Tears were shed on the evening of 30 June 1962 when the final curtain came down on the expansive stage of Dublin’s famous Theatre Royal. It was the end of an era for generations of fans who enjoyed evenings at the Hawkins Street venue, where one could watch a film, have a meal and enjoy some of the biggest names in showbusiness, writes Thomas Myler.

The big heavy curtain came down on Dublin’s Theatre Royal stage for the last time on the night of June 30, 1962, leaving the way clear for the demolition workers to move in a few days later and leave the famous old building in Hawkins Street alongside the River Liffey a heap of rubble. The 12-storey Department of Health now stands on the site.

theroyalcoverKnown simply as ‘the Royal’ to generations of not only Dubliners but people all over the country, it played an important role in the cultural and social life of the capital for 300 years. There had been no less than three previous Royals, but this last one was the most successful. It opened in 1935 and now, just over a quarter of a century later, sadly it was no more.

With a capacity of 3,850 and under the guidance of impresario Louis Elliman, known affectionately as ‘Mr Louis,’ it became the premier entertainment venue in the land. It was not only the biggest theatre in Ireland but in Europe, with the lone exception of one in Germany.

Ireland had never seen anything quite like it, nothing on its scale. There were two performances a day, a stage show under the musical direction of Jimmy Campbell and his 25-piece orchestra, the latest new movie in town, and you could have a meal in the restaurant. Visits to the Royal were so popular that many people were said to have left ‘lifetime’ tickets to their children in their wills.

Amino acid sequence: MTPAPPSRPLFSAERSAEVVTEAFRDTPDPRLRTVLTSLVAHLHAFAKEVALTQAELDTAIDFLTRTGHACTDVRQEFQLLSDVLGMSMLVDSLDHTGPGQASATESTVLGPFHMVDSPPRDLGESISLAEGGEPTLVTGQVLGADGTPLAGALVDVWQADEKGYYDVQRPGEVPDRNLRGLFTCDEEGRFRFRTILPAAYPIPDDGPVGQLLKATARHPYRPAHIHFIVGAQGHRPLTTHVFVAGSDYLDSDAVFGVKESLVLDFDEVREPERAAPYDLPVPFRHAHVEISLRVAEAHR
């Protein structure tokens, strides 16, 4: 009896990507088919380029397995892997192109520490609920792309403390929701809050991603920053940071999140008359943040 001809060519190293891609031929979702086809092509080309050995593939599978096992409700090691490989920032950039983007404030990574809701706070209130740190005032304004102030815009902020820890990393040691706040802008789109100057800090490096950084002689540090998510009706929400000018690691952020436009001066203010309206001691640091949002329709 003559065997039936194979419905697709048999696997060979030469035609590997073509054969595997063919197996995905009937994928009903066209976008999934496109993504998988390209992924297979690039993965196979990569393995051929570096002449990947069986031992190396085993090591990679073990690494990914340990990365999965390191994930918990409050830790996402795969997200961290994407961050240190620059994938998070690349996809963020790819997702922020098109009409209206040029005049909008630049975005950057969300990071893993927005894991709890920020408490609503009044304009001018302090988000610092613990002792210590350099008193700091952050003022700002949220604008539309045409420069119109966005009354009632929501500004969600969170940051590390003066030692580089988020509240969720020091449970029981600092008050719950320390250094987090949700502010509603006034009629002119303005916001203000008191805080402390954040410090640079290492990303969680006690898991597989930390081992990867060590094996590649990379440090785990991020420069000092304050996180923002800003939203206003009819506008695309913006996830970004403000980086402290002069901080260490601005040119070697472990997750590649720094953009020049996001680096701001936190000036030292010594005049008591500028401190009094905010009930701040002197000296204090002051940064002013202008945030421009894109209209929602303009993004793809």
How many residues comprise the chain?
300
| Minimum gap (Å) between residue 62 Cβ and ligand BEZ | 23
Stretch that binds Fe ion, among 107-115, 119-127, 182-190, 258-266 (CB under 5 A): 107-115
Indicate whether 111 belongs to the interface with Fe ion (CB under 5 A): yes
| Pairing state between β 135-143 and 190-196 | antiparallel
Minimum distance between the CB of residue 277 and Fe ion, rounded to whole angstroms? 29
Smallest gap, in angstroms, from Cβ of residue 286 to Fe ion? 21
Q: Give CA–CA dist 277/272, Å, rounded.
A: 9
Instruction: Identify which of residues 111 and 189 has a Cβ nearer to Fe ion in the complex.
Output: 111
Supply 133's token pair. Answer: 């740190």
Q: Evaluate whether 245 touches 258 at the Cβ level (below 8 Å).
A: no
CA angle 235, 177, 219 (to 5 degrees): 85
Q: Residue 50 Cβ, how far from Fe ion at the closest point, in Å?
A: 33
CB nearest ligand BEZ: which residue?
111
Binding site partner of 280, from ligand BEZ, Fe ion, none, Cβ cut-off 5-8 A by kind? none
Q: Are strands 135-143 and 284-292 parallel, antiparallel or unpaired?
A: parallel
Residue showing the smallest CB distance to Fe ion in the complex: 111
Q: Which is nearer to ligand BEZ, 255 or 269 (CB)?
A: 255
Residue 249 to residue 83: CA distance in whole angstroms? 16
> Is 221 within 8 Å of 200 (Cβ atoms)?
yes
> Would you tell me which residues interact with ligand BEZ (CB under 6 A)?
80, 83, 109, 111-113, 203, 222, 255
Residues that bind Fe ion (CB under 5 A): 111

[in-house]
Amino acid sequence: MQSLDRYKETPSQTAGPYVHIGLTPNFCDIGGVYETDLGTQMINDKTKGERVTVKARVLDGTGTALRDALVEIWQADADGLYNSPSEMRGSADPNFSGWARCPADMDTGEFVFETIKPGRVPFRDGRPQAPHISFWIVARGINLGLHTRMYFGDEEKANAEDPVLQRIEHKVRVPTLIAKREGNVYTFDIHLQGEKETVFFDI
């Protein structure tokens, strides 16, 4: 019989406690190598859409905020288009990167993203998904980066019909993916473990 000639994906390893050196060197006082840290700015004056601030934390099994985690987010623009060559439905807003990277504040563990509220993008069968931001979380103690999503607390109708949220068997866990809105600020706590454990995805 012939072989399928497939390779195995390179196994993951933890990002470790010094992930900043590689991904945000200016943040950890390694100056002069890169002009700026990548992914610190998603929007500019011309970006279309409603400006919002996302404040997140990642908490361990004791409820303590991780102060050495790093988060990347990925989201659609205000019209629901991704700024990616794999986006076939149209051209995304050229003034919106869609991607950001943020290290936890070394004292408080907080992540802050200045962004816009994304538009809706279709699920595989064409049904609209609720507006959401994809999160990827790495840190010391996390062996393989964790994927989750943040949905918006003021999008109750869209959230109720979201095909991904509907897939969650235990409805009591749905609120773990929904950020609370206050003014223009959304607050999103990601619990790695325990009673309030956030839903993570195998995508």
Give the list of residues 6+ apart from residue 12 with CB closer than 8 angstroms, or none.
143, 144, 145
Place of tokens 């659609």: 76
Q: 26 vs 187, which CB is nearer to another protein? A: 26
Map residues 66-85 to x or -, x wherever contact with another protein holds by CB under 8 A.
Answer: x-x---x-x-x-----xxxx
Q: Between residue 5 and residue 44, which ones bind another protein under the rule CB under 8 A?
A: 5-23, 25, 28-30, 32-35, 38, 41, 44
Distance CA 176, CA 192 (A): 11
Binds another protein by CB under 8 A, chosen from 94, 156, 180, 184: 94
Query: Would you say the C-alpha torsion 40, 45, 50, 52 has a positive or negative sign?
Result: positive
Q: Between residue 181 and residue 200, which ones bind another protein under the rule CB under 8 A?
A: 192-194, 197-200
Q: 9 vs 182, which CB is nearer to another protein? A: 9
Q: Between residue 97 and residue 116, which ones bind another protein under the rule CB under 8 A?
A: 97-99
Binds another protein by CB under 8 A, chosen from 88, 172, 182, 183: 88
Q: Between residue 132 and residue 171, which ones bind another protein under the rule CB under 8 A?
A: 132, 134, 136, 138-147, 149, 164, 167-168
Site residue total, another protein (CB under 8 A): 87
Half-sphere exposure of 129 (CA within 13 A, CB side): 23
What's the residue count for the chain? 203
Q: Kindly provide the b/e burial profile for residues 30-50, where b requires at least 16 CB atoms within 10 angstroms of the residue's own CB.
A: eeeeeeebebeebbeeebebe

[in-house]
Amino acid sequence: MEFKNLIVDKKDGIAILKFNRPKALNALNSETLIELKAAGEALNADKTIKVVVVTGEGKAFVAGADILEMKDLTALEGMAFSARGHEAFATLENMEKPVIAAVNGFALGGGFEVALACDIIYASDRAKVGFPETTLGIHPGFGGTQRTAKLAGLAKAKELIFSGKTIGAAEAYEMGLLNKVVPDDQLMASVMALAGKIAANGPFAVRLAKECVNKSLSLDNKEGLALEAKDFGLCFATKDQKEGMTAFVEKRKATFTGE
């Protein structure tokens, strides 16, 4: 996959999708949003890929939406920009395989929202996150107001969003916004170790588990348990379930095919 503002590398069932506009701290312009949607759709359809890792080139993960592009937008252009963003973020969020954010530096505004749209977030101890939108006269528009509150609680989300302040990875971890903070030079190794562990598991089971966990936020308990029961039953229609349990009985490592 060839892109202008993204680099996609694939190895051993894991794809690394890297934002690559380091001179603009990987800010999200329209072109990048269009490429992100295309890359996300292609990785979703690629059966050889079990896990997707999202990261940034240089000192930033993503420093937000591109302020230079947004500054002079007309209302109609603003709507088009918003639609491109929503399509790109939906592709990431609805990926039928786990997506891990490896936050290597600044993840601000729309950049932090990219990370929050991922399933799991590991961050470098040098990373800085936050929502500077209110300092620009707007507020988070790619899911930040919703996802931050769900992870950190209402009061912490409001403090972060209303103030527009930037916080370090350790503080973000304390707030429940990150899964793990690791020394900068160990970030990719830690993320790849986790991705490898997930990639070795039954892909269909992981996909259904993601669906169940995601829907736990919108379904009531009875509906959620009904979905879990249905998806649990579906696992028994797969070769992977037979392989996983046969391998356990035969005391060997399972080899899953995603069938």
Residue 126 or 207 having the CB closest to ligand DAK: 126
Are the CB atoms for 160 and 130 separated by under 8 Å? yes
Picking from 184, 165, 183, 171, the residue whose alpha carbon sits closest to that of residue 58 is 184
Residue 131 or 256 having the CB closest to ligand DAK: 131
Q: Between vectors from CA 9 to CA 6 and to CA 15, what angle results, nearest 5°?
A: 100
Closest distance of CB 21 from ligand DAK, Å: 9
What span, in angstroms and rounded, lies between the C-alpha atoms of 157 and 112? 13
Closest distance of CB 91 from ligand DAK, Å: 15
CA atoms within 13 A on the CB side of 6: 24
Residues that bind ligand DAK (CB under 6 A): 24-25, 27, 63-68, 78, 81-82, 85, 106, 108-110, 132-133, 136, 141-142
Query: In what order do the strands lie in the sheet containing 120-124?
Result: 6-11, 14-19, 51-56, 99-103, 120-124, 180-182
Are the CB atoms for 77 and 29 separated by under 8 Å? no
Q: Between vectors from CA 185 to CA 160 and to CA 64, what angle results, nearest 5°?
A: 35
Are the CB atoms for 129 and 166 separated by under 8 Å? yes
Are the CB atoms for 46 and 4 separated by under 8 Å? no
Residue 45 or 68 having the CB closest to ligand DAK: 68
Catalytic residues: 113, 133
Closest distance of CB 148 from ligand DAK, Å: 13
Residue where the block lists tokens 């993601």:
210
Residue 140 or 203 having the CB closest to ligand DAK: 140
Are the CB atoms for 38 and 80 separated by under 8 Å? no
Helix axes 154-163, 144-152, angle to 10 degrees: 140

On that final night, many a tear was shed not only by the capacity attendance but by the many artistes on the last bill. It was the Palace of Dreams, giving the public the opportunity of seeing all the great stars in concert. For a few hours, one could forget their troubles and be transported into a magical world of song and dance, music and laughter.

In this writer’s memories of the 1950s, visits to the Royal were always special. The many cinemas which dotted the city and suburbs were in many ways the great escape for Dubliners, as were the theatres including the Queens, the Capitol, the Olympia and of course the ‘serious’ playhouses such as the Abbey and the Gate. But the Theatre Royal was the best, the place to visit.

The list of international stars who appeared on its big stage over the years reads like the index to a who’s who of entertainment. The big names included Bob Hope, Judy Garland, Maurice Chevalier, Joan Hammond, James Cagney, Danny Kaye, Gene Autry, Roy Rogers, Tom Mix, Nat ‘King’ Cole, Frankie Vaughan, Paul Robeson, George Formby, Anna Neagle, the Three Stooges, Frankie Laine, Johnnie Ray, Guy Mitchell, Liberace, Allan Jones, Jimmy Durante, the Mills Brothers, Max Miller, Ramon Novarro, Rock Hudson, Barbara Rush, Robert Donat, Betty Hutton, Tommy Steele, Donald Wolfit and many more.

And if you wanted a touch of the classics, you had the likes of Margot Fonteyn, Yehudi Menuhin, Arthur Rubenstein, Sir Thomas Beecham, Jussi Bjorling and Lauritz Melchoir. The visiting stars either stayed in hotels or lodgings in and around Parnell Square, and the landlords and landladies were only too happy to welcome such famous stars on their doorsteps and get their autographs, often on photos.

There were the big bands, too, including Joe Loss, Geraldo, Stan Kenton, Billy Cotton, Harry Roy, Ambrose, Mantovani, Henry Hall, Jack Jackson, Johnny Dankworth, Ray Noble, Jack Hilton and the group who ushered in the new rock ’n ’roll era, the sensational Bill Haley and His Comets with their ground-breaking hits including Rock Around The Clock, Shake Rattle and Roll and See You Later, Alligator.

 What other theatre in this part of the world, outside of London perhaps, could boast such a ‘cast list.’ Indeed, it was said in theatrical circles that if international artistes or bands did not play the Royal, then they really had not made it.

Continue reading in this week’s Ireland’s Own (Issue 5577)